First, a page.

Key moments Grid – Nash doesn’t show up after his Ford suffered from engine problems in Race 1. Start – Gené and Huff take a good start, but they make contact and hit the wall initiating a massive accident; Veglia crashes hard in to the wall and a pile-up ensues; the race is stopped and eventually no less than 11 cars suffer from damage beyond repairs: Huff, Gené, Veglia, Gleason, Files, Wong, Choi, Cunnington, S. Chan, Ho and Afanasyev. Comini & OriolaLap 2 – At the rolling restart behind the safety car, Comini keeps the advantage, with P. Oriola trying an unsuccessful move on the outside at the Lisboa braking; Morbidelli is given a drive through for a grid infringement. Lap 3 – Morbidelli stops to serve the sanction; Comini leads from Pepe and Jordi Oriola, Belicchi, Grachev, Avila, K. Chan and Holland. Lap 4 – P. Oriola keeps the pressure, touching Comini’s bumper on a couple of occasions. Lap 5 – Comini leads from the Oriola brothers, the three being very close; the Swiss pulls slightly away in the straights, but seems a little bit slower in the twisty section. Lap 6 – Again, P. Oriola tries a move at Lisboa on the outside line and this time there is a clear contact; J. Oriola and Belicchi are catching the leading duo. Lap 7 – Comini pulls slightly away; Morbidelli passes Ávila for 6th. Lap 8 – There is more bumping at the Lisboa braking, but this time P. Oriola’s SEAT gets the worst of it and stops with a pierced radiator; Belicchi takes second from J. Oriola. Lap 9 – The younger Oriola is given a drive through for trespassing the white line at pit exit, which gives third to Grachev. Lap 10 – The race ends with Comini finishing the job ahead of teammate Belicchi.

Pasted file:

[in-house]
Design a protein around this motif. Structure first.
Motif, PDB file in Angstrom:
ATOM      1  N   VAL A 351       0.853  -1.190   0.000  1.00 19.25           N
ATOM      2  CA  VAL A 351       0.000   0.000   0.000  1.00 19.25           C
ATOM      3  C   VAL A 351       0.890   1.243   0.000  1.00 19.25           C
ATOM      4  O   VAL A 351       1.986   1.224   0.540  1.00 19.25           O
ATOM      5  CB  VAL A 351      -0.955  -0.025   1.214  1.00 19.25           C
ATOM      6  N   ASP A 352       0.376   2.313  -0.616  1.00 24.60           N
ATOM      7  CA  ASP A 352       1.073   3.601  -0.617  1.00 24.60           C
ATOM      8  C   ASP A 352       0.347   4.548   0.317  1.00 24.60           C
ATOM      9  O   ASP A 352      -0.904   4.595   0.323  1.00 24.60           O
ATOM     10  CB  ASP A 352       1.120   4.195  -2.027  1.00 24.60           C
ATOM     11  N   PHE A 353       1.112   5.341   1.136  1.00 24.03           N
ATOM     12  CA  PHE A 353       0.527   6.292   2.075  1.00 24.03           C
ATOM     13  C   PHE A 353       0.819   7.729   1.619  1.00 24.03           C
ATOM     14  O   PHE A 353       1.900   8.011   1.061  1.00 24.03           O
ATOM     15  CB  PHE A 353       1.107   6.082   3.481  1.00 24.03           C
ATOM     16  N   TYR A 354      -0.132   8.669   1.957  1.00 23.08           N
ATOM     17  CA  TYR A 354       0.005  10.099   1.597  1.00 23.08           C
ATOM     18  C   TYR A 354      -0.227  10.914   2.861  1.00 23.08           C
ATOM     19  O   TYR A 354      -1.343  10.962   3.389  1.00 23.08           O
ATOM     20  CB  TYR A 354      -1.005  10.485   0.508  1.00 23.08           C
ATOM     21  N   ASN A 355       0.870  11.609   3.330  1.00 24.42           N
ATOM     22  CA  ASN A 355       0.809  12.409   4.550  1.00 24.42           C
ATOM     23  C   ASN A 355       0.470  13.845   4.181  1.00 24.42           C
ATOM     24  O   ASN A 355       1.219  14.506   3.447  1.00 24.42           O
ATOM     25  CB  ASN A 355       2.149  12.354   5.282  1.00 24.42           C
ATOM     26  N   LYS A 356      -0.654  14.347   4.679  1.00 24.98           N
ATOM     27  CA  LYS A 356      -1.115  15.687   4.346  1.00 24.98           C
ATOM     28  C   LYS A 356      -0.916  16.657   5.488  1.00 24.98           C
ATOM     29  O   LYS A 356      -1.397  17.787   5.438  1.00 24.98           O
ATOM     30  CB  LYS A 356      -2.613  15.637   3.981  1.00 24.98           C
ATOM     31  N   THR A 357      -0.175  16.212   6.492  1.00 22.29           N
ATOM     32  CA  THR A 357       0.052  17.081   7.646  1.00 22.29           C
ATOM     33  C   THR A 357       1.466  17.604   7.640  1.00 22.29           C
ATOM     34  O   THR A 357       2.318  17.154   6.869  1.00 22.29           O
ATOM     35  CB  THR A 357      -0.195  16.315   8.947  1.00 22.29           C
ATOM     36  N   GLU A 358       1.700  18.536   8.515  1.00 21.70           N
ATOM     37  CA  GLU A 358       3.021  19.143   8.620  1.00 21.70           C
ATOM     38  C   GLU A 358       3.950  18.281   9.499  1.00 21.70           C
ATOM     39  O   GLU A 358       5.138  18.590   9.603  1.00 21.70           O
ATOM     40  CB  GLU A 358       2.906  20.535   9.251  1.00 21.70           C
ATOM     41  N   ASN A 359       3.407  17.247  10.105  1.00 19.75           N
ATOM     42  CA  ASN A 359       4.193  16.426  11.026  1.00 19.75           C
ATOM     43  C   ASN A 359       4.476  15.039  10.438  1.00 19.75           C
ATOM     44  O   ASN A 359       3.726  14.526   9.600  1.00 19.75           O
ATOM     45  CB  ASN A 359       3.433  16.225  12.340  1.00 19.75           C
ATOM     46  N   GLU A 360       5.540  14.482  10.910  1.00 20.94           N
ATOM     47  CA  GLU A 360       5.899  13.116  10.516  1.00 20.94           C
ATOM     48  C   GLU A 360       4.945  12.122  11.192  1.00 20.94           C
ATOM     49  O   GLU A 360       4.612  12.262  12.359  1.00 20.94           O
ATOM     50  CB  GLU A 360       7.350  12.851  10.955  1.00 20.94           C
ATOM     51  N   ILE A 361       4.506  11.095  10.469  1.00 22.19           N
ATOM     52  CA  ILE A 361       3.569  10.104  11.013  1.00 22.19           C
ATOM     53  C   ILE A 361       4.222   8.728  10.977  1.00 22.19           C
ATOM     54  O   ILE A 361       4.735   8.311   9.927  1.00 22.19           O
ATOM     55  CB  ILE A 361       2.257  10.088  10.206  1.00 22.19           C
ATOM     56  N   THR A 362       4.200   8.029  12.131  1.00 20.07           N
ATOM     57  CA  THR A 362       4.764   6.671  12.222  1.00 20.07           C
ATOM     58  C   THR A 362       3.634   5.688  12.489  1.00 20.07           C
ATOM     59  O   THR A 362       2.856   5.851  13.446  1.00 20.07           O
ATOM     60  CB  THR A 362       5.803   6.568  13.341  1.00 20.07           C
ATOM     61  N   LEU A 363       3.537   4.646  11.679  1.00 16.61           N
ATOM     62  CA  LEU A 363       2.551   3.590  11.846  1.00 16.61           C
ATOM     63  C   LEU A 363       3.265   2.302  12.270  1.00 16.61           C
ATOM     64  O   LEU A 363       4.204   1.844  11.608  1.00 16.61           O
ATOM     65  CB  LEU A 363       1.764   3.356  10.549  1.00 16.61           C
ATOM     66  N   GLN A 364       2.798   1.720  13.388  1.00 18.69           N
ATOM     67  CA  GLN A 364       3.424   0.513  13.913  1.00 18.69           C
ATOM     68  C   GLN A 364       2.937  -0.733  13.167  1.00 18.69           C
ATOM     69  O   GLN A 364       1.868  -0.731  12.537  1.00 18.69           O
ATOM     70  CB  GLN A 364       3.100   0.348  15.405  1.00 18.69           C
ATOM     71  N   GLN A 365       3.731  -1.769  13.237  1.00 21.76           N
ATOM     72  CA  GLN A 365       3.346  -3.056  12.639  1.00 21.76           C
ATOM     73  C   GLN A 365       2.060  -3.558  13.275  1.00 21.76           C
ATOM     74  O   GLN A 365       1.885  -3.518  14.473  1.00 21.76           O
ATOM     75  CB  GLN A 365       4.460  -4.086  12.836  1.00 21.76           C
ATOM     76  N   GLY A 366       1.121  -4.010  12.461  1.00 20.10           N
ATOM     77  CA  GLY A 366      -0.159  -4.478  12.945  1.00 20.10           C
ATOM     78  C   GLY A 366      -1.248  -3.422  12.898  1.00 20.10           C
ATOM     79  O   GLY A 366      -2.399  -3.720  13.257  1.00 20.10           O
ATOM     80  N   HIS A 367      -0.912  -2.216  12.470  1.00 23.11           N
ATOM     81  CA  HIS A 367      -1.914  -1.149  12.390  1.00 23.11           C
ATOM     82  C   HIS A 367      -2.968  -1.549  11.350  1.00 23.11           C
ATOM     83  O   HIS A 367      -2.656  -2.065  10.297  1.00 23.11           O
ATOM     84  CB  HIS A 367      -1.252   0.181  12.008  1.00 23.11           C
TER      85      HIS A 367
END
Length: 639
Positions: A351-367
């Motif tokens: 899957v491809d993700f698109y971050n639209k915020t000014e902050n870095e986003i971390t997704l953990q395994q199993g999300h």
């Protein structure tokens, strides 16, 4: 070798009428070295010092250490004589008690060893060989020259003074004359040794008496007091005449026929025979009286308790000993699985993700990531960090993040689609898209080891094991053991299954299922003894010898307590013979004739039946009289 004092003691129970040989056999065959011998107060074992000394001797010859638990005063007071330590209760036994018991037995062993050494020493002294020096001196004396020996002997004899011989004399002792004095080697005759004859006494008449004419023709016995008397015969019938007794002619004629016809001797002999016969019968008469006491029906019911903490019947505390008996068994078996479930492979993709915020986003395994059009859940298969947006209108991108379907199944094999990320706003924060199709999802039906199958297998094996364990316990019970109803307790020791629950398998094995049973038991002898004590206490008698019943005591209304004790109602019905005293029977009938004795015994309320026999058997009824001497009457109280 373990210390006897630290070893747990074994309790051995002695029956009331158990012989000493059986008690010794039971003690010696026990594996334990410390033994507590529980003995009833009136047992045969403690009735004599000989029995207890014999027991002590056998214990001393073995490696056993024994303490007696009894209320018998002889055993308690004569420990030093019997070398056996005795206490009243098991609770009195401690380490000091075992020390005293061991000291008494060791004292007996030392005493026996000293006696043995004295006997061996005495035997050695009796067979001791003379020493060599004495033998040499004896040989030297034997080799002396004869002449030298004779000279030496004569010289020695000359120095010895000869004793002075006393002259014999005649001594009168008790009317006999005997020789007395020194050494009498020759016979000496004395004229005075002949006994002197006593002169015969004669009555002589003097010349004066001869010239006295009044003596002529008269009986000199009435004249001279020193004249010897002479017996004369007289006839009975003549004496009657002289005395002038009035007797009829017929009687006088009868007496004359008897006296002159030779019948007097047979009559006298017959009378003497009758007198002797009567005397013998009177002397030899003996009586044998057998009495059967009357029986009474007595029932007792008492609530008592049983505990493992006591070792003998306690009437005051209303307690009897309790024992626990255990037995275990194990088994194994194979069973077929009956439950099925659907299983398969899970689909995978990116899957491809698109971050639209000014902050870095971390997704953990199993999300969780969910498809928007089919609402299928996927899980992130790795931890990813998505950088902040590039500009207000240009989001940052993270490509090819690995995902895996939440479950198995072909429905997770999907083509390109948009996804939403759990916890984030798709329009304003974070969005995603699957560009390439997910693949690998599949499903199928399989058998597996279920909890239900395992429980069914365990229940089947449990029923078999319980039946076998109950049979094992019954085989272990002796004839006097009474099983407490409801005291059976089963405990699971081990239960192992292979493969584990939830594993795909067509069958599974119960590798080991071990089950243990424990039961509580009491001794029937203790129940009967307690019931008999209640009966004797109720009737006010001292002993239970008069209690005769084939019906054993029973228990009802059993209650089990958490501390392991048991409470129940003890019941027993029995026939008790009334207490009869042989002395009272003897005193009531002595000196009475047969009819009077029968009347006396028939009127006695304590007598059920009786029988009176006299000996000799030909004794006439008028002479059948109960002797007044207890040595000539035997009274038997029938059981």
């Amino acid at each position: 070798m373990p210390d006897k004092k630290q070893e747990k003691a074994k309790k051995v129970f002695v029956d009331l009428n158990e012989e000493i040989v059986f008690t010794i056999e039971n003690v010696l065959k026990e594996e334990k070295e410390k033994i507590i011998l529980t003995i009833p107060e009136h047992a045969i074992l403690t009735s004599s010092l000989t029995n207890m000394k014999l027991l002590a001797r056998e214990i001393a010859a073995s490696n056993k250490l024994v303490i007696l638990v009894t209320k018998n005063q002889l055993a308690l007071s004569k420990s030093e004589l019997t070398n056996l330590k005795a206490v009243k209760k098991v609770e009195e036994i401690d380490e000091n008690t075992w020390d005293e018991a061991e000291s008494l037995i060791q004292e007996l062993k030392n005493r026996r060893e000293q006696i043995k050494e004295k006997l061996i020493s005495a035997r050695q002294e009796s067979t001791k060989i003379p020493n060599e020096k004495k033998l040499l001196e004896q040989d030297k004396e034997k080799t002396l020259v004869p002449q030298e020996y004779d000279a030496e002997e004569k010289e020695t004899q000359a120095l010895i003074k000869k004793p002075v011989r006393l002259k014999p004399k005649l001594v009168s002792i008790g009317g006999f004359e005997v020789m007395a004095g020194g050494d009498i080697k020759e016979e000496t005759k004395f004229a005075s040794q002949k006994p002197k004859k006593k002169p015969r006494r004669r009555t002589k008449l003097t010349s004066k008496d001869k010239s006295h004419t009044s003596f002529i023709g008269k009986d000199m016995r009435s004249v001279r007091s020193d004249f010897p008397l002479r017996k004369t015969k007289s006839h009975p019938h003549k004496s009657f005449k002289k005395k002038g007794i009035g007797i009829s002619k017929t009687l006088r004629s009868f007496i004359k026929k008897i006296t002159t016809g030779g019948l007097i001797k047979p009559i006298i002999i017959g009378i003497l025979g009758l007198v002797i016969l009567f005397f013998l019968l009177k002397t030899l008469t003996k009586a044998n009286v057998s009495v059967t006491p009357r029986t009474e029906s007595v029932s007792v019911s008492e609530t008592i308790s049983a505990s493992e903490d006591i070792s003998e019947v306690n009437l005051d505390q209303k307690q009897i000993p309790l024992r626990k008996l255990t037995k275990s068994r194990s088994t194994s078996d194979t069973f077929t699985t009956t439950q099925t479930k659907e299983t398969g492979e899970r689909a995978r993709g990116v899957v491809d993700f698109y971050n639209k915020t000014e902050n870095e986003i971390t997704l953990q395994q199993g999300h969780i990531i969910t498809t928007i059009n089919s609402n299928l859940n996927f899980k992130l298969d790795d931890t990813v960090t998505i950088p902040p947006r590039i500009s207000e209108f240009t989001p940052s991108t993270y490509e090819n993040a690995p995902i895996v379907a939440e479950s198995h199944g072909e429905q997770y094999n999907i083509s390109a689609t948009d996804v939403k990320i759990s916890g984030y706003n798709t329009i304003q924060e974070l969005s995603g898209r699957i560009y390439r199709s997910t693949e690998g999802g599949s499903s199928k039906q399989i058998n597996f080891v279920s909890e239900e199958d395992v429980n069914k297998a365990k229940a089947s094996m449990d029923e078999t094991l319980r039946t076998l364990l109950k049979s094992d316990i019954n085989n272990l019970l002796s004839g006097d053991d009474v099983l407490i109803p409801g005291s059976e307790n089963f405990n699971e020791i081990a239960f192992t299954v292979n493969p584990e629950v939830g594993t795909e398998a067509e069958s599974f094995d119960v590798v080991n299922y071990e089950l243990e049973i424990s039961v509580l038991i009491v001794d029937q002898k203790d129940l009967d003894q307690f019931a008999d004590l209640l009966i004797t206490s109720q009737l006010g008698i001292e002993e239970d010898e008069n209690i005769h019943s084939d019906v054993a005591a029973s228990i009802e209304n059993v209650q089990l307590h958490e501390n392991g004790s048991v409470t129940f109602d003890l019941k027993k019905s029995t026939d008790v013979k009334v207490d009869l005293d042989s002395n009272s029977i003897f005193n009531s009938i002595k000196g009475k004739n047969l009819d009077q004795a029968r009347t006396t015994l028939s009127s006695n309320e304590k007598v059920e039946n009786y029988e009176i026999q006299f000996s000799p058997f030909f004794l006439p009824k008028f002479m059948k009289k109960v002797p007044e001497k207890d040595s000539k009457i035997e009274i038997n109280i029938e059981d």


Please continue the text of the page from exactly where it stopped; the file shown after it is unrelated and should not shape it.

What the race winners had to say

Stefano Comini, winner of Race 2 and TCR champion: “I have no words, it’s a very special moment for me: winning at Macau and clinching the first TCR title… What can I say? Unbelievable… Both races were very tough. In Race 1, I was caught in a sandwich between the two Bamboo cars, with Gené holding me, and Pepe Oriola putting the pressure. It wasn’t that easy. In Race 2, Pepe kept on with the pressure, I think he got a little bit stressed with the point situation, but I always stayed in front of him. I knew that second in Race 2 was enough for me to claim the title, but I really wanted to win at Macau and when I saw that Huff was out of the race at the start, I really though I should have a go…”

Rob Huff, winner of Race 1: “First of all, my congratulations go to Stefano for winning the championship, he is a worthy first TCR Champion. For me a day of mixed feelings, but I came here seeking for an eighth win at Macau and got it. Start of Race 1 was touchy, with three cars abreast down to the Lisboa. I had a title contender at each side, and didn’t want to interfere, but also being in the middle, I was in the best position for the first braking. After that, things got easier. In Race 2, again the start was quite touchy, but this time it looked there wasn’t enough space for two, and everything went wrong. That’s Macau…”

TCR Press release